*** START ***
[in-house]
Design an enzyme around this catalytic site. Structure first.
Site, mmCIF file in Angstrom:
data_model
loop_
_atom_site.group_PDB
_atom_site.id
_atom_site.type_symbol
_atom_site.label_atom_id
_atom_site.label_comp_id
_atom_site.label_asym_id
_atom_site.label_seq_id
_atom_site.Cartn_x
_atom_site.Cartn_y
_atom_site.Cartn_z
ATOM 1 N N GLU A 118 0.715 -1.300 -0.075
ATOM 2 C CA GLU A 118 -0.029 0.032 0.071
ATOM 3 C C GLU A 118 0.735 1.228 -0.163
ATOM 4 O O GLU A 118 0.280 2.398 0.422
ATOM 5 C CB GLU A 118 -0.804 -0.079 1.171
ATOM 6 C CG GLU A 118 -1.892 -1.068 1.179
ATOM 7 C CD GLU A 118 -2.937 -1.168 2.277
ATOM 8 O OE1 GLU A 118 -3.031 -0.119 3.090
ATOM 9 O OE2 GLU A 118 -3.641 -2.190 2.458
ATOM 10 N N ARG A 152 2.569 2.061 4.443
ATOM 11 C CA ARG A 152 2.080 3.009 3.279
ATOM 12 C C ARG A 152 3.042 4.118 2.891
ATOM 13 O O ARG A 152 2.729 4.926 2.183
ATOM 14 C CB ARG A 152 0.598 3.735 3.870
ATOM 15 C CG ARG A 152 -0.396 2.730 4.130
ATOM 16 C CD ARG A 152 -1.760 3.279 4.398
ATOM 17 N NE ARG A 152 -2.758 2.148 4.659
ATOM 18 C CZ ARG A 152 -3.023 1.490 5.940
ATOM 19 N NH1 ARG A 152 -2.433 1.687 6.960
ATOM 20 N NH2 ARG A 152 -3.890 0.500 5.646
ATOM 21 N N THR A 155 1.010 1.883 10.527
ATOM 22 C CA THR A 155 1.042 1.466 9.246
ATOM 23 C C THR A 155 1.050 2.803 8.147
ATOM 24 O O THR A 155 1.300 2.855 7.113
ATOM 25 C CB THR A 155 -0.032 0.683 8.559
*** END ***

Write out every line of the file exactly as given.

[in-house]
Design an enzyme around this catalytic site. Structure first.
Site, mmCIF file in Angstrom:
data_model
loop_
_atom_site.group_PDB
_atom_site.id
_atom_site.type_symbol
_atom_site.label_atom_id
_atom_site.label_comp_id
_atom_site.label_asym_id
_atom_site.label_seq_id
_atom_site.Cartn_x
_atom_site.Cartn_y
_atom_site.Cartn_z
ATOM 1 N N GLU A 118 0.715 -1.300 -0.075
ATOM 2 C CA GLU A 118 -0.029 0.032 0.071
ATOM 3 C C GLU A 118 0.735 1.228 -0.163
ATOM 4 O O GLU A 118 0.280 2.398 0.422
ATOM 5 C CB GLU A 118 -0.804 -0.079 1.171
ATOM 6 C CG GLU A 118 -1.892 -1.068 1.179
ATOM 7 C CD GLU A 118 -2.937 -1.168 2.277
ATOM 8 O OE1 GLU A 118 -3.031 -0.119 3.090
ATOM 9 O OE2 GLU A 118 -3.641 -2.190 2.458
ATOM 10 N N ARG A 152 2.569 2.061 4.443
ATOM 11 C CA ARG A 152 2.080 3.009 3.279
ATOM 12 C C ARG A 152 3.042 4.118 2.891
ATOM 13 O O ARG A 152 2.729 4.926 2.183
ATOM 14 C CB ARG A 152 0.598 3.735 3.870
ATOM 15 C CG ARG A 152 -0.396 2.730 4.130
ATOM 16 C CD ARG A 152 -1.760 3.279 4.398
ATOM 17 N NE ARG A 152 -2.758 2.148 4.659
ATOM 18 C CZ ARG A 152 -3.023 1.490 5.940
ATOM 19 N NH1 ARG A 152 -2.433 1.687 6.960
ATOM 20 N NH2 ARG A 152 -3.890 0.500 5.646
ATOM 21 N N THR A 155 1.010 1.883 10.527
ATOM 22 C CA THR A 155 1.042 1.466 9.246
ATOM 23 C C THR A 155 1.050 2.803 8.147
ATOM 24 O O THR A 155 1.300 2.855 7.113
ATOM 25 C CB THR A 155 -0.032 0.683 8.559